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Lung artefacts and their use


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DOI: 10.11152/mu-878

Lung artefacts and their use

Christoph F Dietrich


, Gebhard Mathis


, Michael Blaivas


, Giovanni Volpicelli



Armin Seibel


, Nathan S Atkinson


, Xin Wu Cui


, Fan Mei


, Dagmar Schreiber-Dietrich


, Dong Yi


1Sino-German Research Center of Ultrasound in Medicine, The First Affiliated Hospital of Zhengzhou University, Zhengzhou, China, 2Department of Internal Medicine, Caritas Hospital, Bad Mergentheim, Germany 3Praxis for Inter- nal Medicine, Rankweil, Austria, 4University of South Carolina School of Medicine, Department of Emergency Medi- cine, Piedmont Hospital, Newnan Georgia, USA, 5Department of Emergency Medicine, San Luigi Gonzaga University Hospital, Torino, Italy, 6Diakonie Klinikum Jung-Stilling, Abteilung für Anästhesiologie, Intensiv- und Notfallmedizin, Siegen, Germany, 7Department of Gastroenterology, John Radcliffe Hospital, Oxford University Hospitals NHS Trust,

8Department of Medical Ultrasound, Tongji Hospital, Tongji Medical College, Huazhong University of Science and Technology, Wuhan, China, 9Department of Ultrasound, Zhongshan Hospital, Fudan University, Shanghai, China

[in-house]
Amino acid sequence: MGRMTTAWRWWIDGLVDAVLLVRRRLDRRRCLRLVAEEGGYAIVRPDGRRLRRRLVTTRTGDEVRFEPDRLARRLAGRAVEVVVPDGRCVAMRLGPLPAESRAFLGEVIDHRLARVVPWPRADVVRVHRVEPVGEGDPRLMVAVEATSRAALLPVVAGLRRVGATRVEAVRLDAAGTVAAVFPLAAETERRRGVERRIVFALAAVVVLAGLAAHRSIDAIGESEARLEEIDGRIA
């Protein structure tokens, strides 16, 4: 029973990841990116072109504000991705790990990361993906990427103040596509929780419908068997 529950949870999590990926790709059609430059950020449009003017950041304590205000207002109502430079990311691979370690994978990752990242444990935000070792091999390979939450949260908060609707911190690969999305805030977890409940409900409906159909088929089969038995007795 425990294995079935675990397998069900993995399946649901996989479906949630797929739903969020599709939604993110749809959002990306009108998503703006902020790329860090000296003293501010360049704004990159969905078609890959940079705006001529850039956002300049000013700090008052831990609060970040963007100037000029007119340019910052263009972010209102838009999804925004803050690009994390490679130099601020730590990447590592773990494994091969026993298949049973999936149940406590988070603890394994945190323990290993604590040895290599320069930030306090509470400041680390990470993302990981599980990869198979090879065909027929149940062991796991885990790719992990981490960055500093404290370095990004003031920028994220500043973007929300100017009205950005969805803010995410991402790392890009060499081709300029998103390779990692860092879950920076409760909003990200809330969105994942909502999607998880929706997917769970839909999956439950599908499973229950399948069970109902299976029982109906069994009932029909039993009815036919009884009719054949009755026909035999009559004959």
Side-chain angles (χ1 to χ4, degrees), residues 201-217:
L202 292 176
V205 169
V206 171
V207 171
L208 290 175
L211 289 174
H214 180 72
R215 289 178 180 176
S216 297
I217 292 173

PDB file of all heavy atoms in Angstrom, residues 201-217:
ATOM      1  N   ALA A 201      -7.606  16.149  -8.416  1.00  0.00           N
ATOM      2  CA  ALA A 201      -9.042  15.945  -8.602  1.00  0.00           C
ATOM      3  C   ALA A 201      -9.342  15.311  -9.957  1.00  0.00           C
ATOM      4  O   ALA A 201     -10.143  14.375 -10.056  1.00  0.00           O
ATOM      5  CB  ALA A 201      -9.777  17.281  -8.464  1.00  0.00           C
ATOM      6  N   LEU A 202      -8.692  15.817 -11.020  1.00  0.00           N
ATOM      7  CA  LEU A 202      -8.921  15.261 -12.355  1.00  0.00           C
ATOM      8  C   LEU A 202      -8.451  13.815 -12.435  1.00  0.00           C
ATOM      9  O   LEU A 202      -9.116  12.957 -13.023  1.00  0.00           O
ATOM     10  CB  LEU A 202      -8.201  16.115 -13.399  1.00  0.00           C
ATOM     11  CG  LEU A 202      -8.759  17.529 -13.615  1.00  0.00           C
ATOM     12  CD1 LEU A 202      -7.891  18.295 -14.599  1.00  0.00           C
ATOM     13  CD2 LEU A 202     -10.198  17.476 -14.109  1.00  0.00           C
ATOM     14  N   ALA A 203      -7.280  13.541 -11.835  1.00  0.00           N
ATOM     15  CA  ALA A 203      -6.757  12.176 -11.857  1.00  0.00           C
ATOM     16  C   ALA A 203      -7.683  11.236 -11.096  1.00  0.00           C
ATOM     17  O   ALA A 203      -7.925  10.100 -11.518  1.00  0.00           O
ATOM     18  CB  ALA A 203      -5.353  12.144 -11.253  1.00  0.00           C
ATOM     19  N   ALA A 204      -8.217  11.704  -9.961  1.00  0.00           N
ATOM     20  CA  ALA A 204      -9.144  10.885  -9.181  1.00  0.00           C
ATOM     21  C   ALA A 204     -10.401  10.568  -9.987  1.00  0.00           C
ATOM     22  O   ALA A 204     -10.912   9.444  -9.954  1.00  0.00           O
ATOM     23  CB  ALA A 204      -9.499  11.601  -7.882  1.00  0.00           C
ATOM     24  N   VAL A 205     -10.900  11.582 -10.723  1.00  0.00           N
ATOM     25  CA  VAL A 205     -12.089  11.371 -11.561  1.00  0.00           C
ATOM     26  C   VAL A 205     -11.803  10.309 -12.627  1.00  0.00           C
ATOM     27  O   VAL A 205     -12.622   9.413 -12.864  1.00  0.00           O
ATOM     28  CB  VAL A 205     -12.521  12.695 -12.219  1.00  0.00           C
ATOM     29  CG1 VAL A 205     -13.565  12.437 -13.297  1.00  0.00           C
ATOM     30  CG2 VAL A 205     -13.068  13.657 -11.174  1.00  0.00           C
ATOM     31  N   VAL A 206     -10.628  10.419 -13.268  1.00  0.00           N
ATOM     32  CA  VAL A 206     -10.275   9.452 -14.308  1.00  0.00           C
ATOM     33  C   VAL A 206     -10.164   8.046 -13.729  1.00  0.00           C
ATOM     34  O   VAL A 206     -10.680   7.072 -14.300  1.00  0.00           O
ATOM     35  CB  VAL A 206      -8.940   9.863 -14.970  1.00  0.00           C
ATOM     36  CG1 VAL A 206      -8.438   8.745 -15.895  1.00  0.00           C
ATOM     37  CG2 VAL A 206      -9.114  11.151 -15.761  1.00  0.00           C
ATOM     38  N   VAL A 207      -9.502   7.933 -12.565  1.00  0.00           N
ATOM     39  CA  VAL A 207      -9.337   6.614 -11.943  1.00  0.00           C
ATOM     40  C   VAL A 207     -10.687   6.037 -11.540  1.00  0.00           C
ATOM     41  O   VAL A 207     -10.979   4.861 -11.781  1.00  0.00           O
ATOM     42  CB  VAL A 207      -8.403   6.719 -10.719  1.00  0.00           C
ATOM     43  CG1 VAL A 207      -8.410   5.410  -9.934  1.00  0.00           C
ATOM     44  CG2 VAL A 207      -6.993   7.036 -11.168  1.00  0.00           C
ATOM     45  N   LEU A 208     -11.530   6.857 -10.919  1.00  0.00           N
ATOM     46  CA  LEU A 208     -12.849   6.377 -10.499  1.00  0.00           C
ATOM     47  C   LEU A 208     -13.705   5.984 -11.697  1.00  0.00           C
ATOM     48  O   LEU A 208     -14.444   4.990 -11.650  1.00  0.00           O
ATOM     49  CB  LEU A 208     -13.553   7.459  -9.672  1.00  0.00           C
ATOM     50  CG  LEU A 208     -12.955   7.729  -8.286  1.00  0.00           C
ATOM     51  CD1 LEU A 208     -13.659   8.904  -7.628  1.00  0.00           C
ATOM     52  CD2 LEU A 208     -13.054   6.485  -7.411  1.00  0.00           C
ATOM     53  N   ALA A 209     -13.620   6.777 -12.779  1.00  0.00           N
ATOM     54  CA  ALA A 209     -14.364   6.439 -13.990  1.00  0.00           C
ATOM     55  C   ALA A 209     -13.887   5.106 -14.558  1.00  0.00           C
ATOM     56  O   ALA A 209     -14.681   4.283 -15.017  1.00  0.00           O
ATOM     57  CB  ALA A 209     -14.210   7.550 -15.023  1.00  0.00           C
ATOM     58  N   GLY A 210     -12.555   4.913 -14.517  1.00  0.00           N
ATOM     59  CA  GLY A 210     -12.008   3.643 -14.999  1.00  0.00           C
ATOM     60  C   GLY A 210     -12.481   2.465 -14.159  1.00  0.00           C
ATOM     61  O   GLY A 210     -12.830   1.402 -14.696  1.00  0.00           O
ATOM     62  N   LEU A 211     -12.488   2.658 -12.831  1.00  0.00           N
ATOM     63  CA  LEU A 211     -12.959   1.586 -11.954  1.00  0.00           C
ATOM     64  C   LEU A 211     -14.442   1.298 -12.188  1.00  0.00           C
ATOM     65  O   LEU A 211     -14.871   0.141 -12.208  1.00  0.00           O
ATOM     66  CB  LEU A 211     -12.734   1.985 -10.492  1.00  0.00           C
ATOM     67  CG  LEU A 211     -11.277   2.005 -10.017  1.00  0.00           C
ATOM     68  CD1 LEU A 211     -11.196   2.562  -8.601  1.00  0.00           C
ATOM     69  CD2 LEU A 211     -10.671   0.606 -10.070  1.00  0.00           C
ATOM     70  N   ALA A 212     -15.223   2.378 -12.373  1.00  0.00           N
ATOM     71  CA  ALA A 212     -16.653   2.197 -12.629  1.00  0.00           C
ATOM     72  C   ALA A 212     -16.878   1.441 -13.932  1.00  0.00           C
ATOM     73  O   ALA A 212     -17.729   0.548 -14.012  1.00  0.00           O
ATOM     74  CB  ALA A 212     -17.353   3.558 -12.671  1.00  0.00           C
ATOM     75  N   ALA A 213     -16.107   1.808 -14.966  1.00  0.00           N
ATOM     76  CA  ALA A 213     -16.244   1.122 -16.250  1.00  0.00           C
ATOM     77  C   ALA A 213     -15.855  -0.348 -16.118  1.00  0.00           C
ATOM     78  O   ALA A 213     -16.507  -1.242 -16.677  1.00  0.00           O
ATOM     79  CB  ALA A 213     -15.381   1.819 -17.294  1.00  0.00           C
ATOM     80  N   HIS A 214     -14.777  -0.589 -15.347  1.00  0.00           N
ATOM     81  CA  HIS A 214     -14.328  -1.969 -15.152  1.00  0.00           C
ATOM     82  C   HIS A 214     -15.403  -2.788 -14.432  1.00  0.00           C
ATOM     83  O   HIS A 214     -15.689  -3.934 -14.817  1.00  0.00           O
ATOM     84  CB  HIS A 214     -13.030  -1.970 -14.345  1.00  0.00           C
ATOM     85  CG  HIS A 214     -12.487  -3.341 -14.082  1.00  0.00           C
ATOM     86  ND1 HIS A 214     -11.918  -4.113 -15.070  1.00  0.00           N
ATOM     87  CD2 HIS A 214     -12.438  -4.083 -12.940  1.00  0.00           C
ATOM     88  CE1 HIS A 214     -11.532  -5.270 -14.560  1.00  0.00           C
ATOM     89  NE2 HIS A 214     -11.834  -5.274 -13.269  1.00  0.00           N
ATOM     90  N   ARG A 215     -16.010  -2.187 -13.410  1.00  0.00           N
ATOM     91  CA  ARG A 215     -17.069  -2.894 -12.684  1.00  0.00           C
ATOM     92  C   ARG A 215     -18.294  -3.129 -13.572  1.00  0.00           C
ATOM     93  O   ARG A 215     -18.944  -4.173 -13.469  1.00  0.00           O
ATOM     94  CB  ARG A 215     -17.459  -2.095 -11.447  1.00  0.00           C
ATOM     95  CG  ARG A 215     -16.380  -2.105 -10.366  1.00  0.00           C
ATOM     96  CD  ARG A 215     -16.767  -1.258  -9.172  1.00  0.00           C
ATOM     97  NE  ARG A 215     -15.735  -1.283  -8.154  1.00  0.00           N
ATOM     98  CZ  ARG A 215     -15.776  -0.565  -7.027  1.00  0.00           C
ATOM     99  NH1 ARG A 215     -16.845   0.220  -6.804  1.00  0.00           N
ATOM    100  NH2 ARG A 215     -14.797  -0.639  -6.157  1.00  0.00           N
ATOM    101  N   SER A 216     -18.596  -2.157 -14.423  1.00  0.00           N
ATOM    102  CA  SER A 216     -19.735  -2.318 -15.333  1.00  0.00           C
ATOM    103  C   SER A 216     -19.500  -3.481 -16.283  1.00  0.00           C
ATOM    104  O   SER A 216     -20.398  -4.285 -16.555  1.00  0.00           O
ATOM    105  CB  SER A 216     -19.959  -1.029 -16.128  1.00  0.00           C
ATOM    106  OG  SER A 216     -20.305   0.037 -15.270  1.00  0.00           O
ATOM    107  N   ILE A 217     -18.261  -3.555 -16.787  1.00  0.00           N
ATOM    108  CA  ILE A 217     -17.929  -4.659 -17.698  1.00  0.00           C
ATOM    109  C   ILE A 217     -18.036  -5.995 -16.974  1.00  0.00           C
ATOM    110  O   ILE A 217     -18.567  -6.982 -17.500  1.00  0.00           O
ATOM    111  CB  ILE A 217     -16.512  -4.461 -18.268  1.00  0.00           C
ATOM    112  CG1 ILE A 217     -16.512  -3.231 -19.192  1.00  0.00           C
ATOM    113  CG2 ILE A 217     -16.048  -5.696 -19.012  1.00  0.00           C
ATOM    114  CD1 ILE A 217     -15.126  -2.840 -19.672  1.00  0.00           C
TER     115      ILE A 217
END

Received Accepted Med Ultrason

2016, Vol. 18, No 4, 488-499

Corresponding author: Prof. Dr. Christoph F. Dietrich Med. Klinik 2

Caritas-Krankenhaus Bad Mergentheim Uhlandstr. 7

97980 Bad Mergentheim, Germany E-mail: [email protected]


In years gone by examination of patients with pulmo- nary disorders rested essentially on a clinician’s bedside physical examination, of auscultation and percussion, complimented with blood gas analysis and X-ray imag- ing. Lung ultrasound has emerged into this context as a real-time bedside procedure, delivering information rel- evant to the clinician’s differential diagnosis. A large part of sonographic lung examination involves the interpreta- tion of artefacts, thus knowledge of the origin of typi-

cal artefacts is important. Although indirect sonographic signs, nonetheless reliable conclusions on the condition of the lung can be inferred. Particularly the of quantity and distribution of B-lines can establish important as- sessment of the cause and degree of fluid load within the interstitium.